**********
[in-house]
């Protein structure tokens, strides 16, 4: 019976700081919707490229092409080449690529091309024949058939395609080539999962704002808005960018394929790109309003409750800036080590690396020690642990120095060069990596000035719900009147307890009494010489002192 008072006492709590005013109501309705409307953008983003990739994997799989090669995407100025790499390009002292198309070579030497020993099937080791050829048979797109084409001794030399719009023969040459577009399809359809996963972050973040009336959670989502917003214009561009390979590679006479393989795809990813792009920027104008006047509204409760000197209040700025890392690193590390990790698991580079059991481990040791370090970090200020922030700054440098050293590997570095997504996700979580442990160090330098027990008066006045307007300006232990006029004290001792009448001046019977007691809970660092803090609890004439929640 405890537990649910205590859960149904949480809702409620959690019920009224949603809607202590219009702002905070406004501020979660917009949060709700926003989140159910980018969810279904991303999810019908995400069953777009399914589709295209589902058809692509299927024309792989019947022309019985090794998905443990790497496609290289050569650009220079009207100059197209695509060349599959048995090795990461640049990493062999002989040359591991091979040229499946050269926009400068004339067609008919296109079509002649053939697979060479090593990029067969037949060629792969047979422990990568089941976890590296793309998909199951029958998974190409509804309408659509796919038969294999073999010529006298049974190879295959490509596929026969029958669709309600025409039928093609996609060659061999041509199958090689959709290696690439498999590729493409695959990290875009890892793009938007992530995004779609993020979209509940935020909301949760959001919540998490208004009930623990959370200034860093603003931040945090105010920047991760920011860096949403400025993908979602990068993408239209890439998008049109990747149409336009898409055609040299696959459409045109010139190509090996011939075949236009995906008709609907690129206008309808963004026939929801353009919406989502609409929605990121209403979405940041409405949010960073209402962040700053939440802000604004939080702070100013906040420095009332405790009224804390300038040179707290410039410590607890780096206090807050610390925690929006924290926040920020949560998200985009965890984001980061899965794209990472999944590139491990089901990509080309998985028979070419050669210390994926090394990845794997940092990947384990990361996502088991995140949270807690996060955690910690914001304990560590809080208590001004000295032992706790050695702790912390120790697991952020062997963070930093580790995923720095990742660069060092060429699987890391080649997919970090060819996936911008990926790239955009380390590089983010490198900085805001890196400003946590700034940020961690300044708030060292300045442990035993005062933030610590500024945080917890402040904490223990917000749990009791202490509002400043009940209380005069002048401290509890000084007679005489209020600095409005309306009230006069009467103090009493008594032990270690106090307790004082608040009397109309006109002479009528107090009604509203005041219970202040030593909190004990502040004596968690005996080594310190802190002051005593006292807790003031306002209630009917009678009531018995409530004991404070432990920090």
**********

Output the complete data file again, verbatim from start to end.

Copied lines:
[in-house]
């Protein structure tokens, strides 16, 4: 019976700081919707490229092409080449690529091309024949058939395609080539999962704002808005960018394929790109309003409750800036080590690396020690642990120095060069990596000035719900009147307890009494010489002192 008072006492709590005013109501309705409307953008983003990739994997799989090669995407100025790499390009002292198309070579030497020993099937080791050829048979797109084409001794030399719009023969040459577009399809359809996963972050973040009336959670989502917003214009561009390979590679006479393989795809990813792009920027104008006047509204409760000197209040700025890392690193590390990790698991580079059991481990040791370090970090200020922030700054440098050293590997570095997504996700979580442990160090330098027990008066006045307007300006232990006029004290001792009448001046019977007691809970660092803090609890004439929640 405890537990649910205590859960149904949480809702409620959690019920009224949603809607202590219009702002905070406004501020979660917009949060709700926003989140159910980018969810279904991303999810019908995400069953777009399914589709295209589902058809692509299927024309792989019947022309019985090794998905443990790497496609290289050569650009220079009207100059197209695509060349599959048995090795990461640049990493062999002989040359591991091979040229499946050269926009400068004339067609008919296109079509002649053939697979060479090593990029067969037949060629792969047979422990990568089941976890590296793309998909199951029958998974190409509804309408659509796919038969294999073999010529006298049974190879295959490509596929026969029958669709309600025409039928093609996609060659061999041509199958090689959709290696690439498999590729493409695959990290875009890892793009938007992530995004779609993020979209509940935020909301949760959001919540998490208004009930623990959370200034860093603003931040945090105010920047991760920011860096949403400025993908979602990068993408239209890439998008049109990747149409336009898409055609040299696959459409045109010139190509090996011939075949236009995906008709609907690129206008309808963004026939929801353009919406989502609409929605990121209403979405940041409405949010960073209402962040700053939440802000604004939080702070100013906040420095009332405790009224804390300038040179707290410039410590607890780096206090807050610390925690929006924290926040920020949560998200985009965890984001980061899965794209990472999944590139491990089901990509080309998985028979070419050669210390994926090394990845794997940092990947384990990361996502088991995140949270807690996060955690910690914001304990560590809080208590001004000295032992706790050695702790912390120790697991952020062997963070930093580790995923720095990742660069060092060429699987890391080649997919970090060819996936911008990926790239955009380390590089983010490198900085805001890196400003946590700034940020961690300044708030060292300045442990035993005062933030610590500024945080917890402040904490223990917000749990009791202490509002400043009940209380005069002048401290509890000084007679005489209020600095409005309306009230006069009467103090009493008594032990270690106090307790004082608040009397109309006109002479009528107090009604509203005041219970202040030593909190004990502040004596968690005996080594310190802190002051005593006292807790003031306002209630009917009678009531018995409530004991404070432990920090």